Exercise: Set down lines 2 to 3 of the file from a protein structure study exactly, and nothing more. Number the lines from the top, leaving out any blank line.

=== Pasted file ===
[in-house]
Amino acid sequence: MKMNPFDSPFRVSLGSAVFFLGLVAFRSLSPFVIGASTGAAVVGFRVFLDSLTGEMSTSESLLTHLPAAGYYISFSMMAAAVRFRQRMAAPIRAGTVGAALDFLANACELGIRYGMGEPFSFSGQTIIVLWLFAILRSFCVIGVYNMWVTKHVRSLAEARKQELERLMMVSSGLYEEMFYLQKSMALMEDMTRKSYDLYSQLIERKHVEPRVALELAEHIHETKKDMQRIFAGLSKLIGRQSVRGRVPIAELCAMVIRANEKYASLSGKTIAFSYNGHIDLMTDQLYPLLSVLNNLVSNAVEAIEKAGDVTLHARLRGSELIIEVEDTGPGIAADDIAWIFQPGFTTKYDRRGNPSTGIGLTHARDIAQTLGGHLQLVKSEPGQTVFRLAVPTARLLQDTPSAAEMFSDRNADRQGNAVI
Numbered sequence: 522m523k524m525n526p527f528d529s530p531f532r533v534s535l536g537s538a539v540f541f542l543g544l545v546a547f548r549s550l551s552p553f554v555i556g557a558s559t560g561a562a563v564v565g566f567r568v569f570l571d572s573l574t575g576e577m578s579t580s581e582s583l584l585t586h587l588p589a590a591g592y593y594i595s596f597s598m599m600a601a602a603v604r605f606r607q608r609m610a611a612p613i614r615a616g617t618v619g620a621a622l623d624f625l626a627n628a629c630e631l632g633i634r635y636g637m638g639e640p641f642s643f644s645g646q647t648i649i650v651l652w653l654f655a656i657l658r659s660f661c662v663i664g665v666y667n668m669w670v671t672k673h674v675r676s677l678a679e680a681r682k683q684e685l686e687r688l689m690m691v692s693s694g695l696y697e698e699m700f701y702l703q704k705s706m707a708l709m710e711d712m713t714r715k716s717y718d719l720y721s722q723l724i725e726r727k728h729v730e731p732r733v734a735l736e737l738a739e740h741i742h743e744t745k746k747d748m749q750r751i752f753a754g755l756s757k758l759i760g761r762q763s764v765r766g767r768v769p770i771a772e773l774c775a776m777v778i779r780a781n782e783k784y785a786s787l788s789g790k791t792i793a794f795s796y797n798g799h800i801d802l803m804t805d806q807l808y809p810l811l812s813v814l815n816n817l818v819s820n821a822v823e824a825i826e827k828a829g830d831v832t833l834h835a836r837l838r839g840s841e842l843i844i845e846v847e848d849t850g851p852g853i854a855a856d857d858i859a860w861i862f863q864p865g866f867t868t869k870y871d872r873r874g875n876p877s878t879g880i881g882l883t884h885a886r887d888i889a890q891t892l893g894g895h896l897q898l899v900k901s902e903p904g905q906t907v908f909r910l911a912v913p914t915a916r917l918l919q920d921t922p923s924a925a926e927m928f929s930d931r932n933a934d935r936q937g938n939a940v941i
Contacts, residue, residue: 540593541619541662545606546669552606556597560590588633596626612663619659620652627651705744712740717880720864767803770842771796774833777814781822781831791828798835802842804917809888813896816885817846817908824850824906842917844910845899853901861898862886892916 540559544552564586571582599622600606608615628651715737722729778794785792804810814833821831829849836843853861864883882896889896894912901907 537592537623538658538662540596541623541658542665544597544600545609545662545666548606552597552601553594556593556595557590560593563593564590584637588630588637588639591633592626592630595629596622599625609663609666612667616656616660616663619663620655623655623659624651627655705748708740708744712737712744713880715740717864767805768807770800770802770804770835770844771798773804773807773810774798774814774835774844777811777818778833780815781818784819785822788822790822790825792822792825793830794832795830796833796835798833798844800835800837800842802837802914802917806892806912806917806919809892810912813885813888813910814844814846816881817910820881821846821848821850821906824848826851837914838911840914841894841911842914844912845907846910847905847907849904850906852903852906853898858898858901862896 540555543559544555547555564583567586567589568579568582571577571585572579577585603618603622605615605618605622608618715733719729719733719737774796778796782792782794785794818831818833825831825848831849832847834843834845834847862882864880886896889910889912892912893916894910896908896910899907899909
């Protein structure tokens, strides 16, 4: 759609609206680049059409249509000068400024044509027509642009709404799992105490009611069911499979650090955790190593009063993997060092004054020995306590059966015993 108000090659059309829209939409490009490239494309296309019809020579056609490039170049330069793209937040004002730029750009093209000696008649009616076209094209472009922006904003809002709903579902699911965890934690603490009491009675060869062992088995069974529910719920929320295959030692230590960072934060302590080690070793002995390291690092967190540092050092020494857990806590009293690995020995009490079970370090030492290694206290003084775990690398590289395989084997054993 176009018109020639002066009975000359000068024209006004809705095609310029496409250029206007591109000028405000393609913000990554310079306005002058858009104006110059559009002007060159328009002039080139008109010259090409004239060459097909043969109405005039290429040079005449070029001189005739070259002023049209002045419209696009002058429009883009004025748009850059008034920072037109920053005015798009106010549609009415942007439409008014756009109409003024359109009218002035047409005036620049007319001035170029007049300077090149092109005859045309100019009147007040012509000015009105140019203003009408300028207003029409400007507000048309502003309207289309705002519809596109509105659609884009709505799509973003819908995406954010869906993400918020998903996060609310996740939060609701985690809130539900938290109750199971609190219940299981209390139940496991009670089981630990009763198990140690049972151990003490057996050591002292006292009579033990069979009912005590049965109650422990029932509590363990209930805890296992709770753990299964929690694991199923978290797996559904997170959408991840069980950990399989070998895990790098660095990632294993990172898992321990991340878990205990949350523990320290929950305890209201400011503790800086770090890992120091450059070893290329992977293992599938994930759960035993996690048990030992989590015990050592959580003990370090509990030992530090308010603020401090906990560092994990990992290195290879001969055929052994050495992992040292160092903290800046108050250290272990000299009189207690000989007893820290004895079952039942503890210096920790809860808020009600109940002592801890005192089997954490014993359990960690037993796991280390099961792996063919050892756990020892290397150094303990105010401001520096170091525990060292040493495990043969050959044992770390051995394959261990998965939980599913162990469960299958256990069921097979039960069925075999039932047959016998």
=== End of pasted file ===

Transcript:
Amino acid sequence: MKMNPFDSPFRVSLGSAVFFLGLVAFRSLSPFVIGASTGAAVVGFRVFLDSLTGEMSTSESLLTHLPAAGYYISFSMMAAAVRFRQRMAAPIRAGTVGAALDFLANACELGIRYGMGEPFSFSGQTIIVLWLFAILRSFCVIGVYNMWVTKHVRSLAEARKQELERLMMVSSGLYEEMFYLQKSMALMEDMTRKSYDLYSQLIERKHVEPRVALELAEHIHETKKDMQRIFAGLSKLIGRQSVRGRVPIAELCAMVIRANEKYASLSGKTIAFSYNGHIDLMTDQLYPLLSVLNNLVSNAVEAIEKAGDVTLHARLRGSELIIEVEDTGPGIAADDIAWIFQPGFTTKYDRRGNPSTGIGLTHARDIAQTLGGHLQLVKSEPGQTVFRLAVPTARLLQDTPSAAEMFSDRNADRQGNAVI
Numbered sequence: 522m523k524m525n526p527f528d529s530p531f532r533v534s535l536g537s538a539v540f541f542l543g544l545v546a547f548r549s550l551s552p553f554v555i556g557a558s559t560g561a562a563v564v565g566f567r568v569f570l571d572s573l574t575g576e577m578s579t580s581e582s583l584l585t586h587l588p589a590a591g592y593y594i595s596f597s598m599m600a601a602a603v604r605f606r607q608r609m610a611a612p613i614r615a616g617t618v619g620a621a622l623d624f625l626a627n628a629c630e631l632g633i634r635y636g637m638g639e640p641f642s643f644s645g646q647t648i649i650v651l652w653l654f655a656i657l658r659s660f661c662v663i664g665v666y667n668m669w670v671t672k673h674v675r676s677l678a679e680a681r682k683q684e685l686e687r688l689m690m691v692s693s694g695l696y697e698e699m700f701y702l703q704k705s706m707a708l709m710e711d712m713t714r715k716s717y718d719l720y721s722q723l724i725e726r727k728h729v730e731p732r733v734a735l736e737l738a739e740h741i742h743e744t745k746k747d748m749q750r751i752f753a754g755l756s757k758l759i760g761r762q763s764v765r766g767r768v769p770i771a772e773l774c775a776m777v778i779r780a781n782e783k784y785a786s787l788s789g790k791t792i793a794f795s796y797n798g799h800i801d802l803m804t805d806q807l808y809p810l811l812s813v814l815n816n817l818v819s820n821a822v823e824a825i826e827k828a829g830d831v832t833l834h835a836r837l838r839g840s841e842l843i844i845e846v847e848d849t850g851p852g853i854a855a856d857d858i859a860w861i862f863q864p865g866f867t868t869k870y871d872r873r874g875n876p877s878t879g880i881g882l883t884h885a886r887d888i889a890q891t892l893g894g895h896l897q898l899v900k901s902e903p904g905q906t907v908f909r910l911a912v913p914t915a916r917l918l919q920d921t922p923s924a925a926e927m928f929s930d931r932n933a934d935r936q937g938n939a940v941i